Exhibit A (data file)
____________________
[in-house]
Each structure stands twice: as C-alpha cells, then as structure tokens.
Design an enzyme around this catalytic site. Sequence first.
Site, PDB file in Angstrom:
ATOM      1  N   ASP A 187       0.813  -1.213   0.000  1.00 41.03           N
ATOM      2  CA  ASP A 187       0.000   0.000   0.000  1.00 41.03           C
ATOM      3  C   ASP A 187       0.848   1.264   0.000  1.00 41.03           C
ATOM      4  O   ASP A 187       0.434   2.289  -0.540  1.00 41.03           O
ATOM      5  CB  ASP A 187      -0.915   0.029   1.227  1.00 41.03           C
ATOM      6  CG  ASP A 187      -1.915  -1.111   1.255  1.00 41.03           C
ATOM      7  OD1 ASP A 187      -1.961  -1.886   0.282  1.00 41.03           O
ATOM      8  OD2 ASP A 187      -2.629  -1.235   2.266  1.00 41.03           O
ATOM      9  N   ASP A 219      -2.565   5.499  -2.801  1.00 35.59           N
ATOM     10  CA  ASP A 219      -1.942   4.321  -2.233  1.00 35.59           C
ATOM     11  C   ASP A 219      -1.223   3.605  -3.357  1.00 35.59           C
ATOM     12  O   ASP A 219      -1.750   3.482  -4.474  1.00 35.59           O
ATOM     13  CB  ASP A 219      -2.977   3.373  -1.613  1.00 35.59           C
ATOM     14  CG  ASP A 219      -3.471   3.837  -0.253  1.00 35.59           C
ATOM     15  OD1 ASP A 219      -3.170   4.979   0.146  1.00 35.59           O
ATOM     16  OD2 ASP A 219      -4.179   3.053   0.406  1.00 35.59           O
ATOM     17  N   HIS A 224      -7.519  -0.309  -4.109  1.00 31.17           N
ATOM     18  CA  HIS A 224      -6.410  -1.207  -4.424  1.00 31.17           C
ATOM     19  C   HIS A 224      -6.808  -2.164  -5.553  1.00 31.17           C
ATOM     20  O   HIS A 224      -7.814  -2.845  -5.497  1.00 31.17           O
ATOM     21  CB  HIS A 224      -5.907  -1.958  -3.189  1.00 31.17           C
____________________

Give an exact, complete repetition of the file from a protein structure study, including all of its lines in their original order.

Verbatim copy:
[in-house]
Each structure stands twice: as C-alpha cells, then as structure tokens.
Design an enzyme around this catalytic site. Sequence first.
Site, PDB file in Angstrom:
ATOM      1  N   ASP A 187       0.813  -1.213   0.000  1.00 41.03           N
ATOM      2  CA  ASP A 187       0.000   0.000   0.000  1.00 41.03           C
ATOM      3  C   ASP A 187       0.848   1.264   0.000  1.00 41.03           C
ATOM      4  O   ASP A 187       0.434   2.289  -0.540  1.00 41.03           O
ATOM      5  CB  ASP A 187      -0.915   0.029   1.227  1.00 41.03           C
ATOM      6  CG  ASP A 187      -1.915  -1.111   1.255  1.00 41.03           C
ATOM      7  OD1 ASP A 187      -1.961  -1.886   0.282  1.00 41.03           O
ATOM      8  OD2 ASP A 187      -2.629  -1.235   2.266  1.00 41.03           O
ATOM      9  N   ASP A 219      -2.565   5.499  -2.801  1.00 35.59           N
ATOM     10  CA  ASP A 219      -1.942   4.321  -2.233  1.00 35.59           C
ATOM     11  C   ASP A 219      -1.223   3.605  -3.357  1.00 35.59           C
ATOM     12  O   ASP A 219      -1.750   3.482  -4.474  1.00 35.59           O
ATOM     13  CB  ASP A 219      -2.977   3.373  -1.613  1.00 35.59           C
ATOM     14  CG  ASP A 219      -3.471   3.837  -0.253  1.00 35.59           C
ATOM     15  OD1 ASP A 219      -3.170   4.979   0.146  1.00 35.59           O
ATOM     16  OD2 ASP A 219      -4.179   3.053   0.406  1.00 35.59           O
ATOM     17  N   HIS A 224      -7.519  -0.309  -4.109  1.00 31.17           N
ATOM     18  CA  HIS A 224      -6.410  -1.207  -4.424  1.00 31.17           C
ATOM     19  C   HIS A 224      -6.808  -2.164  -5.553  1.00 31.17           C
ATOM     20  O   HIS A 224      -7.814  -2.845  -5.497  1.00 31.17           O
ATOM     21  CB  HIS A 224      -5.907  -1.958  -3.189  1.00 31.17           C